A Letter to John Siracusa or: Why Executives Are Never Fired
by Michael Camilleri
I’m taking your advice that if I have a comment in response to something you’ve said on your podcast Hypercritical, the best thing to do is to write a blog post about it so that other people can read it and benefit from it.
In the latest episode, you discussed, among other things, Scott Forstall’s departure from Apple, his role as an ‘advisor’ and why people at a certain pay grade are never ‘fired’ as such. I’ve seen a number of people wonder in particular about the decision to keep Forstall on as an advisor and think I have some experience that may be able to shed light on this.
As background, up until the beginning of this year, I worked for a law firm in Australia where one of the things I did was prepare employment contracts, occasionally at the executive level. Obviously the laws in Australia and the United States are not exactly the same but I think the similarities are enough that I can explain what’s going on here.
First, in respect of the role of advisor. Executive level contracts will typically have ‘gardening leave’ provisions that allow a company to continue employing an executive but prevent him or her from coming into the office. During gardening leave, the employee continues drawing a salary but is otherwise cut off from the company. You typically want to do this with fired executives because they will have detailed knowledge about the plans of the company (at least up until the point of firing) and the longer the executive is on gardening leave, the staler this knowledge becomes and the less useful it is to a competitor. Gardening leave provisions are usually included in addition to employment restraints that seek to restrict an executive from going to work for a competitor (or confidentiality agreements that try to achieve the same goal) but as these can often be very difficult to enforce (particularly in California), at least ensuring that the fired employee is out of action for the gardening leave period means that they don’t know everything the company is planning on doing.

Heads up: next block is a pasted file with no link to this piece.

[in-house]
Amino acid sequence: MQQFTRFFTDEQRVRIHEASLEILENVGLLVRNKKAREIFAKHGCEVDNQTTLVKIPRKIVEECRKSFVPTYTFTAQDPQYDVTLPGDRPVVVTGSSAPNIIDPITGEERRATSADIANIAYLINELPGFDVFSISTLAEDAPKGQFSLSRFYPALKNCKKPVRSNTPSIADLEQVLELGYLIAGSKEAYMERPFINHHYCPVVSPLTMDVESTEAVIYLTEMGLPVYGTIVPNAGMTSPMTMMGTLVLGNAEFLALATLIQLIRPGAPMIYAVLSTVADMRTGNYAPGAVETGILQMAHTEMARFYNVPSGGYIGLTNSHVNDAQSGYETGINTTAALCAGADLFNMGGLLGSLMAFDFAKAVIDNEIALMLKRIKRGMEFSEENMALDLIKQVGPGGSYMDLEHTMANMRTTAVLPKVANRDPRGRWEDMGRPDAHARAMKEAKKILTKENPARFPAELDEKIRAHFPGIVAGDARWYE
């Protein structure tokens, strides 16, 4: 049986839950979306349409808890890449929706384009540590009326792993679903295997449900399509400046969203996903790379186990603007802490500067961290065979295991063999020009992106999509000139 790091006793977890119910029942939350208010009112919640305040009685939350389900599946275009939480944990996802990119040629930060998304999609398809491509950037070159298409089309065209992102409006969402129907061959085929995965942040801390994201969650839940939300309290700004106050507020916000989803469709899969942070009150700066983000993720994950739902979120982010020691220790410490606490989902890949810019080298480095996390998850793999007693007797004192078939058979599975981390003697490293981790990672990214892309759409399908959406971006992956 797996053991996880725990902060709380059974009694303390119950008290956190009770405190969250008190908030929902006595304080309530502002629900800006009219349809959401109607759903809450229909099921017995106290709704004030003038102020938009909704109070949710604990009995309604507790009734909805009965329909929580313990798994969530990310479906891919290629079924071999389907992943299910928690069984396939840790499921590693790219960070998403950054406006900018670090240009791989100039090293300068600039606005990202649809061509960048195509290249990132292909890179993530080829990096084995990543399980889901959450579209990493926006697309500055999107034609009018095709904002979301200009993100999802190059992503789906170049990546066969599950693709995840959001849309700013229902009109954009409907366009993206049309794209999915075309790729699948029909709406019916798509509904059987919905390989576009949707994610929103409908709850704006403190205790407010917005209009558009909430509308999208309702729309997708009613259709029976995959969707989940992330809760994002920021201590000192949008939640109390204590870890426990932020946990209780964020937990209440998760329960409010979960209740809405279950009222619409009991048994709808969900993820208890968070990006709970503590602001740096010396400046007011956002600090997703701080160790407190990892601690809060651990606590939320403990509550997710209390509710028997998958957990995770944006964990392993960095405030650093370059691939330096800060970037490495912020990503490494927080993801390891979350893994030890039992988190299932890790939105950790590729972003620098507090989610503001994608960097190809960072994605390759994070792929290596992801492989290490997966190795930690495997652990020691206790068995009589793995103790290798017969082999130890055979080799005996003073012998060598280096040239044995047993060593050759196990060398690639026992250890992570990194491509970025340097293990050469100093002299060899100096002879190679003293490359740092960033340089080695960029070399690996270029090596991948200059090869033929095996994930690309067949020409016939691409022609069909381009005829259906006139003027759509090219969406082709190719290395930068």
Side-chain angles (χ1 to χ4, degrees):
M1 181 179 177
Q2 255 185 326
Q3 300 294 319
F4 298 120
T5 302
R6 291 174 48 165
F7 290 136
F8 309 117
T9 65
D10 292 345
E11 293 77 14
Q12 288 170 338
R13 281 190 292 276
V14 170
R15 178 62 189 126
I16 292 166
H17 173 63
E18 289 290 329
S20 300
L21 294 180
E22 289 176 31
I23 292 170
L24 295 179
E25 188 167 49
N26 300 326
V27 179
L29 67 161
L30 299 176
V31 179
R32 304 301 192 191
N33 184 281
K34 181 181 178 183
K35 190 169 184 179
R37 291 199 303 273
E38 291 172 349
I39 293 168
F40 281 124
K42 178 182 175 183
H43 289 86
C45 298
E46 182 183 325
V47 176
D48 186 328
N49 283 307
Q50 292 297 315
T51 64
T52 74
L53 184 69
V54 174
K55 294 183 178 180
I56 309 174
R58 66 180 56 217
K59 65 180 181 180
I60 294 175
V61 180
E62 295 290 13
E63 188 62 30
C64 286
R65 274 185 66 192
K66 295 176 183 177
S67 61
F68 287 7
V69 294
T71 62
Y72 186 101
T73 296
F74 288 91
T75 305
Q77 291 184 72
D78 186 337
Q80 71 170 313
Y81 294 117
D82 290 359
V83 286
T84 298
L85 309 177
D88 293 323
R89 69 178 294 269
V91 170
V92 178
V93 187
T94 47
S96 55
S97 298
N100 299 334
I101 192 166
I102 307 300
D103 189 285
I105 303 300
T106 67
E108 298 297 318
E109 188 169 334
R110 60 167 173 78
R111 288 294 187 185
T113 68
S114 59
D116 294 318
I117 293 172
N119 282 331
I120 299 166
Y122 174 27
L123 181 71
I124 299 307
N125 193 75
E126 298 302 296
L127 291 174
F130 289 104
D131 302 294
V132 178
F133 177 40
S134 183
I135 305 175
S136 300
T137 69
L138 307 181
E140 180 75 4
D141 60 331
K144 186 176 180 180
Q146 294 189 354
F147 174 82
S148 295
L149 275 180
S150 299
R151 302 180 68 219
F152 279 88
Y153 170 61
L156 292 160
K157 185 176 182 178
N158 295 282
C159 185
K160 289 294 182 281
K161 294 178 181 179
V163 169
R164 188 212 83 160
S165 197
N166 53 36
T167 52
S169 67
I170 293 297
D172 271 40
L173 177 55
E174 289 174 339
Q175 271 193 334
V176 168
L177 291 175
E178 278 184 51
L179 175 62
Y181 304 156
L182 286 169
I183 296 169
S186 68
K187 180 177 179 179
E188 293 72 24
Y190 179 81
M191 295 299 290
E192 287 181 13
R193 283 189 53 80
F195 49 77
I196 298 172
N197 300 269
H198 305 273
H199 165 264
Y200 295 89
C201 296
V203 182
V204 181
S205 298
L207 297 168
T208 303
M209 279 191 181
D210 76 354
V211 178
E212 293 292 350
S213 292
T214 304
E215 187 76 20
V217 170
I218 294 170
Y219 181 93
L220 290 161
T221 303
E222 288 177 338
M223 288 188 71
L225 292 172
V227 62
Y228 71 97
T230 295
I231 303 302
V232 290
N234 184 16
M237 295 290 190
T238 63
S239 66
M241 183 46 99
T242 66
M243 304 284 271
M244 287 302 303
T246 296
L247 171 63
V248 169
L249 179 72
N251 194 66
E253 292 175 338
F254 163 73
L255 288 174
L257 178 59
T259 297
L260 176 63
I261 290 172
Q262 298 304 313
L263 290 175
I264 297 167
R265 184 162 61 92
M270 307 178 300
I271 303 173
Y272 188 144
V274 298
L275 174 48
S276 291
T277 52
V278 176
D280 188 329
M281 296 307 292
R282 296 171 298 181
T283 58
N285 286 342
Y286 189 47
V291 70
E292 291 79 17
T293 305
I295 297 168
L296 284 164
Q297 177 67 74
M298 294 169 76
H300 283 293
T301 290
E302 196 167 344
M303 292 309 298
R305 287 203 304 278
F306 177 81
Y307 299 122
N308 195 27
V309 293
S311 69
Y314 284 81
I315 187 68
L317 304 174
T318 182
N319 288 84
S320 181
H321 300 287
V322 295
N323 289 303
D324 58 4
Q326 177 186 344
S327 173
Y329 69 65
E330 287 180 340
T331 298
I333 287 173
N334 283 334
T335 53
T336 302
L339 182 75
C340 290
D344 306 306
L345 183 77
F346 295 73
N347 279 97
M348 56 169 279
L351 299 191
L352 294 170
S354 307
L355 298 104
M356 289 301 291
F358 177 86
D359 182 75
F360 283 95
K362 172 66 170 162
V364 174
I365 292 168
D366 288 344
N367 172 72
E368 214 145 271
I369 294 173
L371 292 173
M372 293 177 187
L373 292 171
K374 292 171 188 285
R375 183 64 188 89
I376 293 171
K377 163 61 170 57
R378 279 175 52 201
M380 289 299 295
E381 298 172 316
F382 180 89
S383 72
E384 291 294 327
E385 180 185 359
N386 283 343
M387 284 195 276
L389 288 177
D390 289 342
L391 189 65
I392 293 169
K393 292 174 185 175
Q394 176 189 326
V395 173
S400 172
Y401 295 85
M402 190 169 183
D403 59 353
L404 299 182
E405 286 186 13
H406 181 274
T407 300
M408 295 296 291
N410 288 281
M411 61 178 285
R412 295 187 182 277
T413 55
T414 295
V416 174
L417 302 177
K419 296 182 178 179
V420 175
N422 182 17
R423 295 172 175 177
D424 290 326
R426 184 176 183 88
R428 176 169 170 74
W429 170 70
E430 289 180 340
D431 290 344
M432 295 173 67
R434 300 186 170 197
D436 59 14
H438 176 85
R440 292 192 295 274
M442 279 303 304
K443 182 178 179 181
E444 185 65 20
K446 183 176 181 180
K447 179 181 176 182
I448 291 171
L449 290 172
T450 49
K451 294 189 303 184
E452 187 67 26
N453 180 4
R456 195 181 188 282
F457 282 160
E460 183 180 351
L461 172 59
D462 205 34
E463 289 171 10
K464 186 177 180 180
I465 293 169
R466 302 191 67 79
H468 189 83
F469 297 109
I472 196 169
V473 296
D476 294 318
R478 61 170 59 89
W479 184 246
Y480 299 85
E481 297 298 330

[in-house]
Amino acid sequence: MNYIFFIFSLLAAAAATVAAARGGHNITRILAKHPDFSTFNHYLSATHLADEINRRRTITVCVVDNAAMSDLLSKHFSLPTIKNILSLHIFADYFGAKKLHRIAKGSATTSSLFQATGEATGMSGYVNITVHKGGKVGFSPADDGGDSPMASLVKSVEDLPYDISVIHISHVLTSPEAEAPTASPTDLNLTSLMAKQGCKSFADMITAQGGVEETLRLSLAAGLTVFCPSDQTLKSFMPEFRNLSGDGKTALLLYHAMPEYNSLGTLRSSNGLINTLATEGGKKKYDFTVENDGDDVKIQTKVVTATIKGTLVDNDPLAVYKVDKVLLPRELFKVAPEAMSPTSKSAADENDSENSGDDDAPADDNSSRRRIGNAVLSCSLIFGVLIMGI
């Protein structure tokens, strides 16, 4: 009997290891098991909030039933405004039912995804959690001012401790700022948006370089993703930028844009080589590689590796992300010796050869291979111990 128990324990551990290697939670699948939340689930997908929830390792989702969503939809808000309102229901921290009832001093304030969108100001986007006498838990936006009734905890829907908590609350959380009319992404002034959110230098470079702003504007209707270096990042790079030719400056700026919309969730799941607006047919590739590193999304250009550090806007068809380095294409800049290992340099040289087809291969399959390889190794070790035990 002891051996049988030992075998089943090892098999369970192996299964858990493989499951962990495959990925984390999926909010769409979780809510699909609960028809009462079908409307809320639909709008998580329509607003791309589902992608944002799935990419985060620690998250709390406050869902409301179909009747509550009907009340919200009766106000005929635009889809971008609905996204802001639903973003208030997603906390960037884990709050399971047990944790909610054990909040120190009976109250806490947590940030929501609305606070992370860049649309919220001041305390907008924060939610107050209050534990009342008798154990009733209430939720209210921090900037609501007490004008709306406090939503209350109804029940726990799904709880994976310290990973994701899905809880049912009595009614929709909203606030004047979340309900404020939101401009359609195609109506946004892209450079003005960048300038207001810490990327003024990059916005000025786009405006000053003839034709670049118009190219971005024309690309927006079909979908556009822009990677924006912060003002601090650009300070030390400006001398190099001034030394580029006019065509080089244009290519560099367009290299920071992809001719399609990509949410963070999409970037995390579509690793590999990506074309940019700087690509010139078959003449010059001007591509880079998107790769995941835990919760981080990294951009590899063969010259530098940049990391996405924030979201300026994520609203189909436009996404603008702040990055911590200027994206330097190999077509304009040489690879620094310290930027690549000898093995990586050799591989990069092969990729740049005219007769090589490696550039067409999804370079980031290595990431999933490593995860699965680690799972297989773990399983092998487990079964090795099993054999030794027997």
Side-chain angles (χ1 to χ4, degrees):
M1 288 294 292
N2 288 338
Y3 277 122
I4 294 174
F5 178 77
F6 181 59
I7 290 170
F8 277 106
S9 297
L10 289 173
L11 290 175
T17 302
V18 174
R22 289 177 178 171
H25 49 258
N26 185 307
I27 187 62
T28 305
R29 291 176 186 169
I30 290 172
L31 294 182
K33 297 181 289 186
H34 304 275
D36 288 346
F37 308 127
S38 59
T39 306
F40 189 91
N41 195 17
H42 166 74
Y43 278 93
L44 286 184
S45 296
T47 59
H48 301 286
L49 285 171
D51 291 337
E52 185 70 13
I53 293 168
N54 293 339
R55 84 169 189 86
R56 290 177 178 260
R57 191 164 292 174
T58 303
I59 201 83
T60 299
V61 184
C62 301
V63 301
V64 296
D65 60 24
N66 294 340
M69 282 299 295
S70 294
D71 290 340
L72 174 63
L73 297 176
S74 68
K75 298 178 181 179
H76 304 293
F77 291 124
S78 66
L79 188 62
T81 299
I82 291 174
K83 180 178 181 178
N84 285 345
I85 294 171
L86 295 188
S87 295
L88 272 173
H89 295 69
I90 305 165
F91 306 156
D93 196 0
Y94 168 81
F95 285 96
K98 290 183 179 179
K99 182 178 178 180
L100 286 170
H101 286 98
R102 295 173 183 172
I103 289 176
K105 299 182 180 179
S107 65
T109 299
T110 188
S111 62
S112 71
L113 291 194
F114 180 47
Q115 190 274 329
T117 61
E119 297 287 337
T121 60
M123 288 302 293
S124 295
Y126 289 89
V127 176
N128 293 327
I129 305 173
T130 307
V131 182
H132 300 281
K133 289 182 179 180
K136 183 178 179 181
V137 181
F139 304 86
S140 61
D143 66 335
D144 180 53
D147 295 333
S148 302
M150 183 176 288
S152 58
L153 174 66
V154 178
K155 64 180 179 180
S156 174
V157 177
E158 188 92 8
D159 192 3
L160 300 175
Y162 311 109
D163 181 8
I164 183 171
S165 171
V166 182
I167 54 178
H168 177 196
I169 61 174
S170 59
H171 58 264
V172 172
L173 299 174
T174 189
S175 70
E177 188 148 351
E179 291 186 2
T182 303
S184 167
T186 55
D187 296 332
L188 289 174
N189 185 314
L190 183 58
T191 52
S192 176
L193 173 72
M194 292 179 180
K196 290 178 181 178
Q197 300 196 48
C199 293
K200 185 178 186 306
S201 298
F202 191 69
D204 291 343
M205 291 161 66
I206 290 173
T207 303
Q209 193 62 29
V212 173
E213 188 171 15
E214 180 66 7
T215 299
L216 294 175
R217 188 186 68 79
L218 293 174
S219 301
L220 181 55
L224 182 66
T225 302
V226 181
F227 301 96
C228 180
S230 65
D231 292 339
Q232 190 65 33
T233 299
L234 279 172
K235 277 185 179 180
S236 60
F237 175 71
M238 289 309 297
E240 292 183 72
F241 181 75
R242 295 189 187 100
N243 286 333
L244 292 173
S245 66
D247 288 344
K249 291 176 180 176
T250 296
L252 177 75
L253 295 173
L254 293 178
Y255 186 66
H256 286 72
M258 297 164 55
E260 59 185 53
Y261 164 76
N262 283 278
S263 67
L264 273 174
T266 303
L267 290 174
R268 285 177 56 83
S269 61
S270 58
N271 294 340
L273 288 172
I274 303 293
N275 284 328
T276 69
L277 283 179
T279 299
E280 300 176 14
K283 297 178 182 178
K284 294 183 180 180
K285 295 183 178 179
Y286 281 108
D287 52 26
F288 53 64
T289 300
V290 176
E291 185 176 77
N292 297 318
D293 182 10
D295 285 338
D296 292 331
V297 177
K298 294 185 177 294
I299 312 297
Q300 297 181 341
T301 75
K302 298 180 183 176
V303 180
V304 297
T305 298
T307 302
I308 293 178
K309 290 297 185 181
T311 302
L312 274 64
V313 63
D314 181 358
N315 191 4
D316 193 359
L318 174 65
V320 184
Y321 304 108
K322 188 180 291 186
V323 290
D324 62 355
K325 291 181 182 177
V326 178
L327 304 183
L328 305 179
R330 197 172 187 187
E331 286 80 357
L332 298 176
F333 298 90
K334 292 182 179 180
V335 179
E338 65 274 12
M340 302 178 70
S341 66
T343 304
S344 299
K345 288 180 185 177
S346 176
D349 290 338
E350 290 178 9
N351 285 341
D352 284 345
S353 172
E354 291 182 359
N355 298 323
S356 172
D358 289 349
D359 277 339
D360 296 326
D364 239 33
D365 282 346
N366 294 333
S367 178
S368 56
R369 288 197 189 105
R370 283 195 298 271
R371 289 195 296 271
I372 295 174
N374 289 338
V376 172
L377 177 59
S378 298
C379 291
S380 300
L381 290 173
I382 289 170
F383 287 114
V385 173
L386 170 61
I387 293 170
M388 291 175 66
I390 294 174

Given Forstall’s position in Apple, particularly with respect to iOS, I am sure that this is a huge concern for Apple. As a result, I would expect Forstall to have exactly zero input in the direction of the company. He’s being called an advisor to be polite but I very much doubt he and Tim Cook will speak until the gardening leave period expires. (Speaking of which, we don’t have any information about how long this period would be. Dan suggested that it’d be up as soon as the clock strikes midnight on New Year’s Eve but I would think Apple would want to keep Forstall on the payroll for as long as they possibly can.)
The next point was about the reasons why a company rarely, if ever, admits an executive was fired. I’m not knowledgeable enough about Californian law to know for sure but my guess is that this has nothing to do with respect for the former employee and everything to do with fear of being sued. A statement that a person was fired could be considered defamatory/libellous depending on what was said and the circumstances in which it was said. Of course, this is true for any announcement of a firing but the reason it’s not usually an issue with junior level employees is because: a) they’re less likely to have the resources to sue; b) even if they did sue, it would be difficult for them to prove there was much damage to their reputation since they probably don’t have much of a reputation to be damaged. For executives, particularly at Forstall’s level of visibility, it is far easier for the company to simply say they’re moving on.
Hope that helps clear up a few things and thanks again (to Dan as well!) for producing such an enjoyable programme.